Why 6th Place in Search Might Soon Be a Player

Right now, Ask, Bing, Yahoo and Google control 99% of the search market. In Europe, Google controls close to 90% of that.

That sounds like about the same market penetration that lead to the EU decision to force MS to offer browser choice this month on new machines.

But right now, most (all?) of those browsers default to Google search.

Europeans need more choice. Just like they needed choice on the browsers. On new machines, after they download whichever browser, they need a screen with the top 6 search engines and to ask people who will be their default search provider.

Even if the browser is Chrome.

It’s only “fair.”

What’s good for the Goose is good for the Google.

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5 Responses to “Why 6th Place in Search Might Soon Be a Player”

  1. Jordy Noll says:

    Why exactly would it be fair?

    EU forced MS with a reason to give the user a choice: More than 90% of the desktops/laptops are windows based.

    But Chrome is only used by a good 6%, which isn’t nearly enough to force Google in giving the user choice of which search engine to use. Plus, Chrome isn’t a standard browser. People need to download it, accepting it as a Google product. Hence accepting Google as the standard search engine.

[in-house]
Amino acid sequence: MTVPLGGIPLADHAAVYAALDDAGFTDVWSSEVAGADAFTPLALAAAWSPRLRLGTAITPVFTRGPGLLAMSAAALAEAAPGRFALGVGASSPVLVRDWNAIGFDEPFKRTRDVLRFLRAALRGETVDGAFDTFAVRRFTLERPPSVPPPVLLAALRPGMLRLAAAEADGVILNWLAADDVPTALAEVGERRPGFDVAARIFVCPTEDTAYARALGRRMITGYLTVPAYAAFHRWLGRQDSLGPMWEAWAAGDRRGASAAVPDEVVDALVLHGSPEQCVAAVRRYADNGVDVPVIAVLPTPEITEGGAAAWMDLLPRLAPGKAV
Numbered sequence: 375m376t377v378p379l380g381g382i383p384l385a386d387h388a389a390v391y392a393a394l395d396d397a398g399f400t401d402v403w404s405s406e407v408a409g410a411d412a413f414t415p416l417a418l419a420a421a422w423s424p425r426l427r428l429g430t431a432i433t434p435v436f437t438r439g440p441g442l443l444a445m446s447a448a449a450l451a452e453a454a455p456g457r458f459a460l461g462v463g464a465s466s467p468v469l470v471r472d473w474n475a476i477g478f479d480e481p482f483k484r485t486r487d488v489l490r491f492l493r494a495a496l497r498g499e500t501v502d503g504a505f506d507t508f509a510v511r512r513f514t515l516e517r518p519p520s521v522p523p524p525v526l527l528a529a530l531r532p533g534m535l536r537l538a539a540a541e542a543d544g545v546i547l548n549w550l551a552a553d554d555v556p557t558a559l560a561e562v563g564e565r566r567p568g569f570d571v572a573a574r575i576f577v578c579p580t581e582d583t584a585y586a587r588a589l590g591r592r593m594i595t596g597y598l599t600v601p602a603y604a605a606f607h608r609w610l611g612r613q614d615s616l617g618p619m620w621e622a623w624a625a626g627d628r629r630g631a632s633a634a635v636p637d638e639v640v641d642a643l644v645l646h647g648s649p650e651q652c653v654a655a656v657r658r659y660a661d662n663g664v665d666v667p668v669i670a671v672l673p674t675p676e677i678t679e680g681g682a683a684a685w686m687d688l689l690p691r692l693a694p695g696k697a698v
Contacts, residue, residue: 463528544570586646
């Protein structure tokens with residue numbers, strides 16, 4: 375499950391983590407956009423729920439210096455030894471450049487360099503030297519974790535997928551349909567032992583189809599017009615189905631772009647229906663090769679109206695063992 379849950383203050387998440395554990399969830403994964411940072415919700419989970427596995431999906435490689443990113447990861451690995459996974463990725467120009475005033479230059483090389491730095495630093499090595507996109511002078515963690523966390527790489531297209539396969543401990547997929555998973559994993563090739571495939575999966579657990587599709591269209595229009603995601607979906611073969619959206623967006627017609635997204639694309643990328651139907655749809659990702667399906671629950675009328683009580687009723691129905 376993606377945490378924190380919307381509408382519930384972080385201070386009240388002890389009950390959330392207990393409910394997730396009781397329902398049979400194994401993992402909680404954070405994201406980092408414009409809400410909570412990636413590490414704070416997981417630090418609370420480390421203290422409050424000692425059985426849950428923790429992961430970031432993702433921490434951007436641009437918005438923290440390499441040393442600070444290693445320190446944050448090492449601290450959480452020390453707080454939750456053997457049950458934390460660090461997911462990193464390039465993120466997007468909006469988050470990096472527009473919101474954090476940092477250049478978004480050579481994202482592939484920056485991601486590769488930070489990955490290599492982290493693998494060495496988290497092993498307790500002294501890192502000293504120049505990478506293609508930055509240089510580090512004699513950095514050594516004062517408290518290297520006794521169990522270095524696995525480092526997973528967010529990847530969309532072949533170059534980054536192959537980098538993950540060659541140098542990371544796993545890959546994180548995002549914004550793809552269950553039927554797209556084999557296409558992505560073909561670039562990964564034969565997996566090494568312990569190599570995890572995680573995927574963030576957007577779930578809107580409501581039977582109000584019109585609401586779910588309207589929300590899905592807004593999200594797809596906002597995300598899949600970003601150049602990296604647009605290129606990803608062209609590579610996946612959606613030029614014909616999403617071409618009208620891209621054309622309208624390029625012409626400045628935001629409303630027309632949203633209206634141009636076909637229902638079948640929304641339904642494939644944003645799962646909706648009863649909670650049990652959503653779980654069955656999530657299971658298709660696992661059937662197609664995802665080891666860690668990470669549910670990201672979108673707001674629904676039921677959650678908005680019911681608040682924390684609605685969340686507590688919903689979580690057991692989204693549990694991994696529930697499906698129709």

It’s only obvious that a company like MS or Google would like to boost the use of their own product (Search engine), but in Google’s case, I wouldn’t worry too much about not being able to choose which search engine is standard…

    • QuadsZilla says:

      Because right now, if you download the other 5 browsers (Not just chrome), the default search settings are Google. It may even be Google if you pick IE – I’m not sure.

      Users always had the choice of browsers, presumably they just weren’t aware of it (or so the argument goes). How could the same not be said of search engines?

  2. Marchamont says:

    Yup – a monopoly is a monopoly.

  3. dew|frost says:

    BTW what happened with meta-search engines? They were all the rage some time ago. This would be as fair as it can get: not using one engine of election by using all of them. Or at least choosing more than one to use at once.

  4. Brian says:

    I agree with this 100%. Google cried its crocodile tears about Microsoft embedding desktop search into its operating system with no means of uninstalling it, and again about IE’s so-called monopoly because Microsoft bundled it with their operating system.

    Well why is Google the default search engine on all these web browsers? It’s not because they’re installed on Google’s platform, it’s because Google pays big bucks for this privilege.

    Google’s intention is to make it unclear to the layman what the difference is between the internet, the web, and Google.

    The EU is ridiculous. I’m going to complain to them that 100% of people who live in Europe are European, which is anti-competitive, and demand that the federal governments mail out pamphlets to their citizens with invitations to move to other continents.